Clinical and Ethical Issues in Palliative Care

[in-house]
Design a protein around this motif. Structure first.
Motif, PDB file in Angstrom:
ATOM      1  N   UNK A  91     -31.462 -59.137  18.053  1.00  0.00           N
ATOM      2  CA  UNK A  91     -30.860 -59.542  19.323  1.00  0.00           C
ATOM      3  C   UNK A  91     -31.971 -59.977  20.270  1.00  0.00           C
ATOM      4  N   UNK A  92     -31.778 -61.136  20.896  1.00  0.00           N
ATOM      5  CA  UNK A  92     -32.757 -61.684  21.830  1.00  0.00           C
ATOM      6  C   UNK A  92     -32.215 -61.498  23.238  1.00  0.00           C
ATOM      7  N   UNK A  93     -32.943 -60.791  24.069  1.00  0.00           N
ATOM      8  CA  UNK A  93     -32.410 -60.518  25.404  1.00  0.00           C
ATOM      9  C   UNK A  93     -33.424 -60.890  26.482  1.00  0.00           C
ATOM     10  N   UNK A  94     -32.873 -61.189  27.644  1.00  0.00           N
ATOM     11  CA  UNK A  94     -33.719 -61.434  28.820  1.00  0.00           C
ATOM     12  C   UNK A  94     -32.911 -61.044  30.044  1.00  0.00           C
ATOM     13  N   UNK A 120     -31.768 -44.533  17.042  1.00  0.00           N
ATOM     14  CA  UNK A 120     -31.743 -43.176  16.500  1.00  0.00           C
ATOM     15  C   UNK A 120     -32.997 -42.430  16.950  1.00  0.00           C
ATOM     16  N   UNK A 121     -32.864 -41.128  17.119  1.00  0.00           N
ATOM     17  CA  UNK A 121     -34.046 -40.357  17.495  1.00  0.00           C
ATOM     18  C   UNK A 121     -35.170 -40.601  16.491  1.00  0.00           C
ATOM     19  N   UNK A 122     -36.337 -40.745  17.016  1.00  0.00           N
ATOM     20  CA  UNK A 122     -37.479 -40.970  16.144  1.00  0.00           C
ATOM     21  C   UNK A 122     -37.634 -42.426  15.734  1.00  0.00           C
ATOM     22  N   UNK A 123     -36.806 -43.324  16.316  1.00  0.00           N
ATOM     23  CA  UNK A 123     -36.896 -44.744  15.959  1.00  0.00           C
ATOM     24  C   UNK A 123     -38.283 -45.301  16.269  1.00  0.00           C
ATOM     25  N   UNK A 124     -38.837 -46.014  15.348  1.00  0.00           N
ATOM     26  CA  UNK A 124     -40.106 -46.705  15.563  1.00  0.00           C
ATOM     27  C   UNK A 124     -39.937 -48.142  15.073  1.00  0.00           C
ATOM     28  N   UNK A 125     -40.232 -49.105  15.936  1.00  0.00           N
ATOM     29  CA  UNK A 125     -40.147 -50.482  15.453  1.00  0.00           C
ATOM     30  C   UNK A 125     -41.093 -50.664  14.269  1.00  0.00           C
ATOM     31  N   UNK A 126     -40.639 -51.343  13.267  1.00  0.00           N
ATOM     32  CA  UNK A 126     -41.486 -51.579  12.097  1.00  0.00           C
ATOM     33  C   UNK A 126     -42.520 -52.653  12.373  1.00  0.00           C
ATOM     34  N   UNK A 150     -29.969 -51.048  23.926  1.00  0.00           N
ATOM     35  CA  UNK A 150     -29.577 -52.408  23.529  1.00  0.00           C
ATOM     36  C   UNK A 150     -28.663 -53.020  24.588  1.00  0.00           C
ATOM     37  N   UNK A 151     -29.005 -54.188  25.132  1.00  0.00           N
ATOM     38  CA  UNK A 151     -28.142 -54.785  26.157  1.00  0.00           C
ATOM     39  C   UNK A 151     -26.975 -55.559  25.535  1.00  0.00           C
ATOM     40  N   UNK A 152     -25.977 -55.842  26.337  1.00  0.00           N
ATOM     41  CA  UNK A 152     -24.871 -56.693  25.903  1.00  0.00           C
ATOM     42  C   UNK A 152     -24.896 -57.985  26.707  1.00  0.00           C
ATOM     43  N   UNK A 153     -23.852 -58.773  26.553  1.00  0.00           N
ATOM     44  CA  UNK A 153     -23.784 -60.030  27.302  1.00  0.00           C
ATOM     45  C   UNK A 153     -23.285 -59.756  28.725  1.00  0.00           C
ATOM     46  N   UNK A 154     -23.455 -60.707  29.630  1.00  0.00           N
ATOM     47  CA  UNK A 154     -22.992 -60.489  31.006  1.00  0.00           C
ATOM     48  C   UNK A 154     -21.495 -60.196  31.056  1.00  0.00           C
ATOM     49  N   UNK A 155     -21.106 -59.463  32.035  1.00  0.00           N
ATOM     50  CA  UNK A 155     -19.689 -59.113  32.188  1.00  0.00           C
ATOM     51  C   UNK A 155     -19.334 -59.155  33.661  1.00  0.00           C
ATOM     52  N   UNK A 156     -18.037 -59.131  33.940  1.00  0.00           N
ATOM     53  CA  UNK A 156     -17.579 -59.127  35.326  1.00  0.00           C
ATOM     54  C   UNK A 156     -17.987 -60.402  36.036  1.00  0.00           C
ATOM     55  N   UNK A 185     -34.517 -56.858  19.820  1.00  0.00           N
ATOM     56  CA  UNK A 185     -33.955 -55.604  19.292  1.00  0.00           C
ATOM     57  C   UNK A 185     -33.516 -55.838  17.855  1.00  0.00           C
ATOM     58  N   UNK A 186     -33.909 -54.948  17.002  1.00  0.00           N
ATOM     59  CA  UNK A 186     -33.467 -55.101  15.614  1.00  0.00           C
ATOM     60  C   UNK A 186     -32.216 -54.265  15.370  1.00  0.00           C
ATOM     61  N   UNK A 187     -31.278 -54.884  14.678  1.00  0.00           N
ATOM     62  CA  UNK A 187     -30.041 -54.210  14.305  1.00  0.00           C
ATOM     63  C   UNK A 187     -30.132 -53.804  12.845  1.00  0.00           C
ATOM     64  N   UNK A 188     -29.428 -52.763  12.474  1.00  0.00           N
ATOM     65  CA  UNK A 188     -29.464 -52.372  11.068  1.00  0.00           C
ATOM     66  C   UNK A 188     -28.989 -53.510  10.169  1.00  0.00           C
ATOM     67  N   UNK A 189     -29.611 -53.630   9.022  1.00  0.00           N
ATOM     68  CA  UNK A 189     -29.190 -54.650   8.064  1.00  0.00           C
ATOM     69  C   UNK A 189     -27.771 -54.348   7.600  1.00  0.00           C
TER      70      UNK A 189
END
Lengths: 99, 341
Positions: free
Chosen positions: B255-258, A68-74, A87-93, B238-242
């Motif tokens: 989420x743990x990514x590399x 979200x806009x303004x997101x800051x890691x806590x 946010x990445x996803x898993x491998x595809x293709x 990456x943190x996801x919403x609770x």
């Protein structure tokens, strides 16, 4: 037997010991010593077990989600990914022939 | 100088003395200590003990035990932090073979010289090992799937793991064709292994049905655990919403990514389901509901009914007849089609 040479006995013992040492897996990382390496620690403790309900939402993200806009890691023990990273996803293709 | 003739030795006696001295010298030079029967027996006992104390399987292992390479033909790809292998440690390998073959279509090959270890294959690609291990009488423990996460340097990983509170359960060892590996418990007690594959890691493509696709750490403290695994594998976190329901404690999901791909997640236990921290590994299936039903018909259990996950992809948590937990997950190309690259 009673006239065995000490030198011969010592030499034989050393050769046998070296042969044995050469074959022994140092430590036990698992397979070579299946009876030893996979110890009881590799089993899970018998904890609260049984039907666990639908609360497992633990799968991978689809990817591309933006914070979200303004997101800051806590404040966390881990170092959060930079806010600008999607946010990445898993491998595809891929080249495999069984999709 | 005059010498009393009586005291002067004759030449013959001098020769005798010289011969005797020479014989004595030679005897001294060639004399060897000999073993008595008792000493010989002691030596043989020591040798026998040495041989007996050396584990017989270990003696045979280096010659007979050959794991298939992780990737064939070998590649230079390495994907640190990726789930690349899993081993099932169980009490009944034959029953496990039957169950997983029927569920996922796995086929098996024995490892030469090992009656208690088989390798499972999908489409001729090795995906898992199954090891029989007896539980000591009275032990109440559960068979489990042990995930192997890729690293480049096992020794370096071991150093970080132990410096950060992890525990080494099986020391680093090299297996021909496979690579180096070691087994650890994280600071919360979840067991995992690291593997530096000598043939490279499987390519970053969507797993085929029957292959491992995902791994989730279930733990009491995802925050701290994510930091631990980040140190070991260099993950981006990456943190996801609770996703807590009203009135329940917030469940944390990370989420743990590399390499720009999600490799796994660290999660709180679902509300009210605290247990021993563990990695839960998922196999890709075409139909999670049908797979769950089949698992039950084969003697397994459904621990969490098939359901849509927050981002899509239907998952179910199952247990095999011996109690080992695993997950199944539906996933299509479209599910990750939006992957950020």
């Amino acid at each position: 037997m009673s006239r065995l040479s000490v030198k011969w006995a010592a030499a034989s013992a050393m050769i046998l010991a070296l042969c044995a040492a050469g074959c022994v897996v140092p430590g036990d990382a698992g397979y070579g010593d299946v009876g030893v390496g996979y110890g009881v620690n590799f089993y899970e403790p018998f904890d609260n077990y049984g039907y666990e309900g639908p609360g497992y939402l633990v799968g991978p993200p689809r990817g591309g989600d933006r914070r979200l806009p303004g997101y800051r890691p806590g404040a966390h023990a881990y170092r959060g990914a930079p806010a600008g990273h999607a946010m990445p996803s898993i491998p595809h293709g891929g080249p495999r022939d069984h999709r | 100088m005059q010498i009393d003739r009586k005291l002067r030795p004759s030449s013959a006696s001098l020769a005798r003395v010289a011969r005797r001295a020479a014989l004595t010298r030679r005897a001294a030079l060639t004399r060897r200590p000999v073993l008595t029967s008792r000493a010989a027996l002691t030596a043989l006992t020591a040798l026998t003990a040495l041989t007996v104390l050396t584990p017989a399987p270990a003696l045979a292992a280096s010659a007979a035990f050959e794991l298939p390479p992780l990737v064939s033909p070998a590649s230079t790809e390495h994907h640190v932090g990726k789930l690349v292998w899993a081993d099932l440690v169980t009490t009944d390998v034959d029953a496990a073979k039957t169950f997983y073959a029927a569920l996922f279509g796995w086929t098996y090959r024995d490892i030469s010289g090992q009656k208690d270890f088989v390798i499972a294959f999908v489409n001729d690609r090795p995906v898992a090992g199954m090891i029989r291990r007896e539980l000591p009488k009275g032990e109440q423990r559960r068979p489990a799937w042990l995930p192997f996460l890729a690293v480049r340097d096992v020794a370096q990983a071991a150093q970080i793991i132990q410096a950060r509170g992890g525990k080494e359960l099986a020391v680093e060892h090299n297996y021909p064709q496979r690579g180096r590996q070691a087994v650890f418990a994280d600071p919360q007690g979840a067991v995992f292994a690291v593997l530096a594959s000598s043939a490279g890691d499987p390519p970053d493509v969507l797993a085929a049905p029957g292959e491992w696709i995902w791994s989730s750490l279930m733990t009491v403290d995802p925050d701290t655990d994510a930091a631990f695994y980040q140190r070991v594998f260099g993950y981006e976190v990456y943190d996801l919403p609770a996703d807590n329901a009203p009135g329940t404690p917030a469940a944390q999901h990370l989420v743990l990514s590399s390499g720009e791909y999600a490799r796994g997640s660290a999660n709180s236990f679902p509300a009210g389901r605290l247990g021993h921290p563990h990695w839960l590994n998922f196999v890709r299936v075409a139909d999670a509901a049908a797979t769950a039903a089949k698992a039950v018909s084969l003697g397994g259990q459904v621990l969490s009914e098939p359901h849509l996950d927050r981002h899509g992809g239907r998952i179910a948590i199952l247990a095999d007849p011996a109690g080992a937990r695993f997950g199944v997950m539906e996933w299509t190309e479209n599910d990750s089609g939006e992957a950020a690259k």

AbstractOver the past 15 years , in response to widely-recognized gaps in the care of patients at the end of life, palliative care has emerged as a recognized subspecialty, focused on the care of patients with advanced, progressive, life-threatening illness. The aim of palliative care is to optimize the quality of life for the patient and family through the provision of expert interdisciplinary care, including symptom assessment and treatment, psychosocial and spiritual support to the patient and family, help with complex decisions about treatment options, coordination of care in the community, and bereavement care for families. A growing evidence base demonstrates the effectiveness of palliative care clinical programs in improving symptoms, quality of life, communication, concordance between patient wishes and care received, family satisfaction, and bereavement outcomes and in reducing costs. There are many opportunities for psychiatrists to contribute to care for patients at the end of life through enhanced involvement in palliative care teams. CME Disclosure Susan D. Block, M.D., Dana-Farber Cancer Institute, Brigham and Women's Hospital, and Harvard Medical School Center for Palliative Care, Harvard Medical School Boston. No relevant financial relationships to disclose.